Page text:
By 2020, UAH 2.9 billion from the Ukrainian budget and EUR 33 million from international donors will be allocated to decommission the Chernobyl — or Chornobyl, as transliterated from Ukrainian — Nuclear Power Plant, improve the shelter, deposit radioactive waste, and to further scientific research.
In Ukraine, two bodies coordinated by The Ministry of Ecology and Natural Resources of Ukraine and the Ukrainian Government were created to mitigate the consequences of the accident. In 2000 SSE Chornobyl NPP (hereinafter: SSE ChNPP ) was set up as the successor to ChNPP. It engaged in decommissioning of electrical generator units of nuclear plants, transforming the Soviet “Shelter” facility into the eco-safe system; it is subordinate to the State Agency of Ukraine on the Exclusion Zone Management (SAUEZM), established in 2010.
2.1 billion dollars spent on the new shelter structure
- At the end of 1986, the destroyed reactor was hastily covered by hundreds of thousands of tonnes of concrete and steel dome to prevent the spread of radioactive contamination. Its official name is “Shelter” (Ukrytia), but the media christened it “the sarcophagus”. According to the calculations made by the Soviet engineers, it could remain in service for 30 years. The radiation from the damaged reactor number four has been destroying the old shelter which has led to its suffice deterioration.
- The French consortium Novarka won a tender to become the main new shelter contractor, the Italian firms produced the steel structures, American firms provided the crane systems, and Turkish ones dealt with the cladding. The official project name is New Safe Confinement.
2016 marked a historical event – the new confinement structure, built by workers of 30 different nationalities, covered the old sarcophagus. The international funds allocated for this purpose amounted to 2.1 billion dollars. The new structure could potentially contain the radiation emanating from the epicenter for a hundred years. Its size equals 12 football fields, 3200 concrete mixer machines were needed to fill it with concrete. It is higher than the Statue of Liberty and weighs three and a half times more than the Eiffel Tower.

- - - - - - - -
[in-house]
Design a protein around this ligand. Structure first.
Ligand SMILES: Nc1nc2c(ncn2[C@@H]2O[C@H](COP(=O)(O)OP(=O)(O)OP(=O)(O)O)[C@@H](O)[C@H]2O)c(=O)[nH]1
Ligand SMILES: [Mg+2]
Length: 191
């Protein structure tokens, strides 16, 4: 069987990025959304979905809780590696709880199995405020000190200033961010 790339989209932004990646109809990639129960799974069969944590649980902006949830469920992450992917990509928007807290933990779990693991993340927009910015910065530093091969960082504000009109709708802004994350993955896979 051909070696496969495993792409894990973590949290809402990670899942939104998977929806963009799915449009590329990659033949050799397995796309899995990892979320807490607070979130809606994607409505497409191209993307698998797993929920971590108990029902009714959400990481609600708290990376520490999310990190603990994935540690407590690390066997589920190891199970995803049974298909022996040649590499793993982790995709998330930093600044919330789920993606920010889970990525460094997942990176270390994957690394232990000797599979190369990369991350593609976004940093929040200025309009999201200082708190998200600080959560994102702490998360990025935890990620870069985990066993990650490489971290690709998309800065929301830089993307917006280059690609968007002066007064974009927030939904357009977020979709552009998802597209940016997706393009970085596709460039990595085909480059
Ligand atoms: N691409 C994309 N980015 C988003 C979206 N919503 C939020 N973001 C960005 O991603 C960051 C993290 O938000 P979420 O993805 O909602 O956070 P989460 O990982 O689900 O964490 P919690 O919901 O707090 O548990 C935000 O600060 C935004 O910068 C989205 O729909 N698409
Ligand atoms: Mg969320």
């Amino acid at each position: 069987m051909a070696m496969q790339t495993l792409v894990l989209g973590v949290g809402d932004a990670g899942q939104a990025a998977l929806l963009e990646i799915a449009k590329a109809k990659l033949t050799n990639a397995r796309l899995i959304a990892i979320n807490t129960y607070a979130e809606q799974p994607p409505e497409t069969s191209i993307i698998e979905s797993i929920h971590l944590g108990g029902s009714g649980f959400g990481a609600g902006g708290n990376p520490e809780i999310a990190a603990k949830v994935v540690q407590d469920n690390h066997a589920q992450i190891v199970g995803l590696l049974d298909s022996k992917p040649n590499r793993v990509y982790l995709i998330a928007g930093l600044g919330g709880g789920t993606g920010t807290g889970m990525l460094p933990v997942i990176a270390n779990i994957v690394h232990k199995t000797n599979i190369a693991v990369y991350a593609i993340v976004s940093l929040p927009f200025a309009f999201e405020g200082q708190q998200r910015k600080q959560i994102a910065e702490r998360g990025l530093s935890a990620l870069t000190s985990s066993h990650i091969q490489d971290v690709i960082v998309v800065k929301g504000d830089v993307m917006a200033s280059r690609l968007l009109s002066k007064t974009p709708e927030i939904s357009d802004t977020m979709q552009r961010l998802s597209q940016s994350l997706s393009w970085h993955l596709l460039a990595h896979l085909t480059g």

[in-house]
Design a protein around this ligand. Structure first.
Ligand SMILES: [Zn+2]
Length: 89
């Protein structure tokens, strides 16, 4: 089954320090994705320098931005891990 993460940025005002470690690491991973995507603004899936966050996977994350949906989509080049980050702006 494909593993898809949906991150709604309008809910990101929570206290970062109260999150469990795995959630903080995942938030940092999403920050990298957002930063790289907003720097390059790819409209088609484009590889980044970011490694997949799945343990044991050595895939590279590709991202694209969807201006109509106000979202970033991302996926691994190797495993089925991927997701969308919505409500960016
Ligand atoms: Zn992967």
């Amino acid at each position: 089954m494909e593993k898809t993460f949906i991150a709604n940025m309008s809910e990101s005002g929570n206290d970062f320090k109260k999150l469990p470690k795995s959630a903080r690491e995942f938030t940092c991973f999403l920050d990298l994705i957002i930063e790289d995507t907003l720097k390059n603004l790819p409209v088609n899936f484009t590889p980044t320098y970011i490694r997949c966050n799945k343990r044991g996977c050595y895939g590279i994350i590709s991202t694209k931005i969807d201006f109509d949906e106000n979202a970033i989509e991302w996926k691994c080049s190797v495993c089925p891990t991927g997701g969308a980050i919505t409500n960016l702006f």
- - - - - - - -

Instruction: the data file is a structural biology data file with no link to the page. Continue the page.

Does the new containment structure provide strong protection? Not really. Mykola Karpan, the former ChNPP deputy chief science and nuclear security engineer, and Valentyn Kupnyi, the former “Shelter” facility manager, call it “the umbrella that simply shields from the rain and the wind.” For example, the
structure renders it impossible to dispose of nuclear fuel, amounting to 200 tonnes still stored there.
Dismantling of the old shelter to cost UAH 2.5 billion
The dismantling of the old shelter will become the major undertaking for the Ukrainian side. There are two shelters covering the reactor at the moment. The old one does not protect but constitutes more of a serious threat in case it collapses. This year the SSE ChNPP announced UAH 2.5 billion tender for the partial dismantling of the old shelter by 2023. The dismantling was supposed to have happened six months ago, the project should have cost extra UAH 1.7 billion; the tender, however, was called off due to “no further need”.